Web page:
Yes, states have their own impeachment process. Here’s how it works in Utah.
SALT LAKE CITY — While former President Donald Trump’s second impeachment trial gears up to start next month in the US Senate, a Utah Democratic lawmaker seeks to begin the impeachment of the state’s chief law enforcement officer.
Rep. Andrew Stoddard, D-Sandy, opened a bill file on Tuesday to impeach Republican Attorney General Sean Reyes.
Reyes “has worked shamelessly over the past few months to undermine our country’s election results,” and “put the aims of special interest groups above the voters who elected him,” a statement by Stoddard read. “As an attorney and a public officer, [Reyes] has violated his duty to the state. He has put the aims of special interest groups above the voters who elected him.”
Stoddard’s bill to impeach Reyes is unlikely to gain much traction in the Republican-controlled Utah Legislature.
Listen to Stoddard’s interview with Dave & Dujanovic below:
“I’m afraid I would describe this in maybe one or two really short words, and they probably shouldn’t be in print,” said Sen. Jerry Stevenson, R-Layton, the Utah Senate budget chairman, according to Deseret News.
Reyes’ office initially declined KSL NewsRadio’s request for comment, but he responded with a statement later in the day defending his involvement in the election lawsuits, and denying any participation in violence.
How impeachment works in Utah
Just like the U.S. Constitution provides a method for removing someone from office, Utah code provides similar options to the state legislature regarding state officials.
When the legislature is not already in session, it would take two-thirds of the Utah House to vote to convene an impeachment session. However, as the 2021 legislative session continues, Stoddard’s bill does not require calling a special session.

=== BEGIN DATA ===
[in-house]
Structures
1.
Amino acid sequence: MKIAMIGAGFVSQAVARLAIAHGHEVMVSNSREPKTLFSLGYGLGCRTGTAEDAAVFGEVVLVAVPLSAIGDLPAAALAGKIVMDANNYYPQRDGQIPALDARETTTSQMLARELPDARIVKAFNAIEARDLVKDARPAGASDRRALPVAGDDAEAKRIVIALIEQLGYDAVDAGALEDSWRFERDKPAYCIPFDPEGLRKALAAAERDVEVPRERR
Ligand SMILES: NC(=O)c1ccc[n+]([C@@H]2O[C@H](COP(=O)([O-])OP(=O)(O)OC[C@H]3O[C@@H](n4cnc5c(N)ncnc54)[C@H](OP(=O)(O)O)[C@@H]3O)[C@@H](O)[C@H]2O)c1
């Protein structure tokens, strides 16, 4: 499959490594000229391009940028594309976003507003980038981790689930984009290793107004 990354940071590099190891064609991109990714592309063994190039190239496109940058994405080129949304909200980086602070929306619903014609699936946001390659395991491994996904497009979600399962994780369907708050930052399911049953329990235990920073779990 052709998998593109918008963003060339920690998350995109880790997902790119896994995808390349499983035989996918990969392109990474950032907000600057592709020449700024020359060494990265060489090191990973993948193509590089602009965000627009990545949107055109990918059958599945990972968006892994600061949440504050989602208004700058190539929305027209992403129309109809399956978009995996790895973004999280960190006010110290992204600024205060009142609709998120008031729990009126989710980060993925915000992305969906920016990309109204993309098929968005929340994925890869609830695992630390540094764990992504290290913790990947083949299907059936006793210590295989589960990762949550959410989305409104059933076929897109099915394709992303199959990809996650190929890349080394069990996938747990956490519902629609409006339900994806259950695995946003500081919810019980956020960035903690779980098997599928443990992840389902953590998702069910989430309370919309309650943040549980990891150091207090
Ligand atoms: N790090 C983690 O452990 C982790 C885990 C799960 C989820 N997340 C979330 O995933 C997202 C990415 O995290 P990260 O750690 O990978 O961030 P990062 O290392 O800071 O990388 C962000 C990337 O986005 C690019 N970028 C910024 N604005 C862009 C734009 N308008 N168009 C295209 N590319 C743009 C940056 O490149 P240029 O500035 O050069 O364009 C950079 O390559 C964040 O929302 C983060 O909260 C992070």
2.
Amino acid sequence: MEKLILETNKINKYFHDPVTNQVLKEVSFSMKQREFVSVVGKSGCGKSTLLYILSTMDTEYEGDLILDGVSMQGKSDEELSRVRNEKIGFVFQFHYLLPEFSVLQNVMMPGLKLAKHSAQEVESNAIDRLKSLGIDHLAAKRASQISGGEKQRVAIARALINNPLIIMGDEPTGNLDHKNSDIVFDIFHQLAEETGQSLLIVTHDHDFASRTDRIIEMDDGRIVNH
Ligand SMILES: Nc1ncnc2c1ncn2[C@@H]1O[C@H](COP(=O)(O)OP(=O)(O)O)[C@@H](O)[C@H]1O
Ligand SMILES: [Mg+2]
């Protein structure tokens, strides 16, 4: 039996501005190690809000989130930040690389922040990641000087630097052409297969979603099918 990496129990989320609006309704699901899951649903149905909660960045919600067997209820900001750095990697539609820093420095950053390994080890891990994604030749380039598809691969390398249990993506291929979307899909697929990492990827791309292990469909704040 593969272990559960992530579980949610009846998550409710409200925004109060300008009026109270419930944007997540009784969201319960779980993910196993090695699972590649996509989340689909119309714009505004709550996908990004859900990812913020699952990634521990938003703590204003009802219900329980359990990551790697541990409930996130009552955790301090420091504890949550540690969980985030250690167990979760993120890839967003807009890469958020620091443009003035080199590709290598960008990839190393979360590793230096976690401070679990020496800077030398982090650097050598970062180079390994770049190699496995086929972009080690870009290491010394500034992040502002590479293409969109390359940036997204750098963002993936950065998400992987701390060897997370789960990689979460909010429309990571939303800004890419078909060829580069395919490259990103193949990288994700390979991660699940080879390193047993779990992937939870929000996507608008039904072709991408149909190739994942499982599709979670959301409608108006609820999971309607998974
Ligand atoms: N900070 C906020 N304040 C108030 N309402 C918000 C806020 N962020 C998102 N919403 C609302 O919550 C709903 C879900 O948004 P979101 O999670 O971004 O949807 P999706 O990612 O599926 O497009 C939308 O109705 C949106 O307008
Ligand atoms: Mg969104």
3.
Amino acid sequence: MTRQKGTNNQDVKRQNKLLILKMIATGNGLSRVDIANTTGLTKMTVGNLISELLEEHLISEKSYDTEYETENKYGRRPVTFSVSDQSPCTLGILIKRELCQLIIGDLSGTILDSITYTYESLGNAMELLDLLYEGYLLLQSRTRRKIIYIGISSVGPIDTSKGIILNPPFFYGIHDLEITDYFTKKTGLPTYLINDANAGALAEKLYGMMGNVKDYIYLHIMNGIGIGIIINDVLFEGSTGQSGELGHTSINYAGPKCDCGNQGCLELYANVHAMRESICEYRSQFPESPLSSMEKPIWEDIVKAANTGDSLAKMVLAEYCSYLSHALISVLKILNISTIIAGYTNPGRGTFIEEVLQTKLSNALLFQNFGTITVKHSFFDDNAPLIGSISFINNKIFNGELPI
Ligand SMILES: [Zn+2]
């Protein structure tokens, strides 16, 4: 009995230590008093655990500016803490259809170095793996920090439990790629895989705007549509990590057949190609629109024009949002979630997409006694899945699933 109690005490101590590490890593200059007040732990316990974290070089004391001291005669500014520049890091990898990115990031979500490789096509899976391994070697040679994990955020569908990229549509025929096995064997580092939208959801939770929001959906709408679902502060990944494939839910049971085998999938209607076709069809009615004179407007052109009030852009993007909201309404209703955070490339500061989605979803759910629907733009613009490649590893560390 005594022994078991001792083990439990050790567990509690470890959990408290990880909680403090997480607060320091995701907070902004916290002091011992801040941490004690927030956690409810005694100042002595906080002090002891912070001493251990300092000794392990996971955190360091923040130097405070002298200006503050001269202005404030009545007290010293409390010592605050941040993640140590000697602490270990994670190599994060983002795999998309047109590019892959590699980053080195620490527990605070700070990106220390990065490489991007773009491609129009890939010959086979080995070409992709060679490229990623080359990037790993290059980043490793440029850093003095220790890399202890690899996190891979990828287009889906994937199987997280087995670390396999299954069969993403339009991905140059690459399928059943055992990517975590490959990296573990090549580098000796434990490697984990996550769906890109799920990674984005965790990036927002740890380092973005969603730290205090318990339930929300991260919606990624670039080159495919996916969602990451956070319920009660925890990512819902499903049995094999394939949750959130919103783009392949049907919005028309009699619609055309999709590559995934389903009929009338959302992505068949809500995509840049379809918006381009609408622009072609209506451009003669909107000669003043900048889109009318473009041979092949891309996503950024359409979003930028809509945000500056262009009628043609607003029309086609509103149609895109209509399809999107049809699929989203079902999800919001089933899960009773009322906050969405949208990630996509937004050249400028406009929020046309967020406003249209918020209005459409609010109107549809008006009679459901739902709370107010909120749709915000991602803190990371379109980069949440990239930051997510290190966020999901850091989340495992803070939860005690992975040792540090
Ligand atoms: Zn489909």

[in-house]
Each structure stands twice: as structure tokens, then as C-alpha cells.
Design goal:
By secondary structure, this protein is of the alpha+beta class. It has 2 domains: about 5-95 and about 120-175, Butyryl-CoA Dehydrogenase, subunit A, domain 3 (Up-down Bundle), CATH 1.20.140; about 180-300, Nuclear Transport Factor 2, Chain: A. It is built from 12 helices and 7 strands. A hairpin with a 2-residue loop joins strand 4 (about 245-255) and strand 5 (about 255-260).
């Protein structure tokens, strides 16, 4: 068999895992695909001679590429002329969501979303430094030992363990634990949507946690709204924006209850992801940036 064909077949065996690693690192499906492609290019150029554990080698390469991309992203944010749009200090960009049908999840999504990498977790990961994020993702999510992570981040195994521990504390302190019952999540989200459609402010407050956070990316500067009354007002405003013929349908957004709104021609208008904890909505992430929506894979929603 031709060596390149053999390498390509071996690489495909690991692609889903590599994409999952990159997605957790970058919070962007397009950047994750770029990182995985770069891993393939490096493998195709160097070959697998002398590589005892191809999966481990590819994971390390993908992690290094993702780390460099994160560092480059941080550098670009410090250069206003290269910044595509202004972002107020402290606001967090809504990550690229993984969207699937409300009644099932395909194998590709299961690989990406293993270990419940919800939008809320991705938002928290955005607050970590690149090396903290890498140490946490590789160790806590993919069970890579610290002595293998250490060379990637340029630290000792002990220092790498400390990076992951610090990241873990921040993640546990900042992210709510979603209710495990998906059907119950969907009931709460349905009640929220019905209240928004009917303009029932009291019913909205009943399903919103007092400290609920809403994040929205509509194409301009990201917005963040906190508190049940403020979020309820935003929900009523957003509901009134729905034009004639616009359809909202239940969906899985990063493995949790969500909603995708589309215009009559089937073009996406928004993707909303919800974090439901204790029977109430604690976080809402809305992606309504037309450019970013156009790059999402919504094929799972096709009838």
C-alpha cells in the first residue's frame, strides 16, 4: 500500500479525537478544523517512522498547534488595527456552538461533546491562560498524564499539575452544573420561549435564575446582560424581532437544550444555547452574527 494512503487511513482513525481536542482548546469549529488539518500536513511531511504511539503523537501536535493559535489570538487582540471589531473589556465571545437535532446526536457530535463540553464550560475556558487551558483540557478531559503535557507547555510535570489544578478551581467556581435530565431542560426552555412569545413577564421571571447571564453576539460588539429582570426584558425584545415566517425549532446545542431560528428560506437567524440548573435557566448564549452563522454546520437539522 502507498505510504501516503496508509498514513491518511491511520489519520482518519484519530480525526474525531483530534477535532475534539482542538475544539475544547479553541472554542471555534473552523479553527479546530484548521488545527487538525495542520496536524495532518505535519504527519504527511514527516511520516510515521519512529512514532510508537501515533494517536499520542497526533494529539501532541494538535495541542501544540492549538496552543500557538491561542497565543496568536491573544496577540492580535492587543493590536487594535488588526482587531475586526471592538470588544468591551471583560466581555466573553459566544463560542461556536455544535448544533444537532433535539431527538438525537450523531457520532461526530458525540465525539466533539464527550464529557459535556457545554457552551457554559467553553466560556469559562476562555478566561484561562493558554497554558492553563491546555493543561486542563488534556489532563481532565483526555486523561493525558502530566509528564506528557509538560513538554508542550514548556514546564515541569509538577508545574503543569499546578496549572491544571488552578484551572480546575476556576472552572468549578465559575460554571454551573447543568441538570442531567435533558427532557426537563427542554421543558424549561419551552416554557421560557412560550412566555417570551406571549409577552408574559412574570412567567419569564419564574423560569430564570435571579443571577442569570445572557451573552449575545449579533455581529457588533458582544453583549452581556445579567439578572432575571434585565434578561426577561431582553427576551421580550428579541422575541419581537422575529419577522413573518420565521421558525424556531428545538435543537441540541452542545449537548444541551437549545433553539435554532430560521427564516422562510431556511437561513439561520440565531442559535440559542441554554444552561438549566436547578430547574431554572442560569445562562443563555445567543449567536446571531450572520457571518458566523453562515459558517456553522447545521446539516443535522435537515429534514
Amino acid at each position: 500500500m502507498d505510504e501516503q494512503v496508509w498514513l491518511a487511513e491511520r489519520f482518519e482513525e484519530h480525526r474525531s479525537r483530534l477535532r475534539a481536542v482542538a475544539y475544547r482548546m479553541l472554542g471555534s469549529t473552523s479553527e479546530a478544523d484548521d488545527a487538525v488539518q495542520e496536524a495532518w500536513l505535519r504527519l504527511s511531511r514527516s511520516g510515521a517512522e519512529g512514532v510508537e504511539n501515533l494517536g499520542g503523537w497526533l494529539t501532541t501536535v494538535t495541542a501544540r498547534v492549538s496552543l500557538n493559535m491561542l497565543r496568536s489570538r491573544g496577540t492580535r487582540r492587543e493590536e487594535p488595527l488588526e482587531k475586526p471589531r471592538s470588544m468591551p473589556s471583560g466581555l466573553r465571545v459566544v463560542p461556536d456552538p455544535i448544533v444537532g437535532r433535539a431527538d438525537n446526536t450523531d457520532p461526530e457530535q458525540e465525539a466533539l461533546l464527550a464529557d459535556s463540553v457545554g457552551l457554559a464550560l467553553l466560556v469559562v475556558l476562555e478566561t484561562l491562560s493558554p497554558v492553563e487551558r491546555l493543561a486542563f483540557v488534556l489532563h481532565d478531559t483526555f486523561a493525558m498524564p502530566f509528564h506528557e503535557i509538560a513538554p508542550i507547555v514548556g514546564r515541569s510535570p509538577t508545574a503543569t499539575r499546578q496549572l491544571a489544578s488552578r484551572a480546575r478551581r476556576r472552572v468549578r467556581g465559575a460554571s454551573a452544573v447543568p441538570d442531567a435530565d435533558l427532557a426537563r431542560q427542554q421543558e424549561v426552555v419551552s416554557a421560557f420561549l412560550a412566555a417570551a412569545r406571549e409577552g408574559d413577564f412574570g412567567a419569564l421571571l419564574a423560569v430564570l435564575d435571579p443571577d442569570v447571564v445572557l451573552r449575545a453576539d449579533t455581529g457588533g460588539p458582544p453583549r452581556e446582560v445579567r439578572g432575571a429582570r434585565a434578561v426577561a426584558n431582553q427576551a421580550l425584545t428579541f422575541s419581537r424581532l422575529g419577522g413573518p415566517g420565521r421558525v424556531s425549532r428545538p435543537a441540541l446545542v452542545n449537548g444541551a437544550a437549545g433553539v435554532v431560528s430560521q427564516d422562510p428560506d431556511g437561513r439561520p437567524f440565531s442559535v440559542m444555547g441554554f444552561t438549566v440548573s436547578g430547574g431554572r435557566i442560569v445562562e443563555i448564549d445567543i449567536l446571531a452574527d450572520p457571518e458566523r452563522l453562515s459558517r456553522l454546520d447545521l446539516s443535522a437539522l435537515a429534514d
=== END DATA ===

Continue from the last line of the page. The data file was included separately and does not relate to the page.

Much like at the federal level, the House of Representatives holds the power of impeachment; the Senate would hold a trial, should one prove necessary. It takes a two-thirds vote in the House to impeach a public official; the Senate must reach a two-thirds vote to convict.
Who can be impeached? What for?
According to Utah law, “The governor and other state and judicial officers shall be liable to impeachment for high crimes and misdemeanors or malfeasance in office.”
The phrase “high crimes and misdemeanors” may sound familiar to anyone following federal impeachment proceedings — the U.S. Constitution holds that same phrase, along with treason and bribery, as grounds for impeachment of a president, vice president or other federal “civil officer.”
But what are high crimes and misdemeanors? Scholars have disagreed over time about what the Framers of the Constitution meant by the phrase. They debated the grounds for impeachment of a president; an early version included the phrase “Treason, Bribery or Corruption,” before George Mason suggested adding “other high crimes and misdemeanors,” which made it into the final document.
Utah’s Constitution, about 110 years younger than its federal cousin, was drafted and ratified in 1895, ahead of the admission of Utah to the states. While many parts of it are modeled after the U.S. Constitution, it included some — at the time — radical deviations, such as granting women the right to vote.
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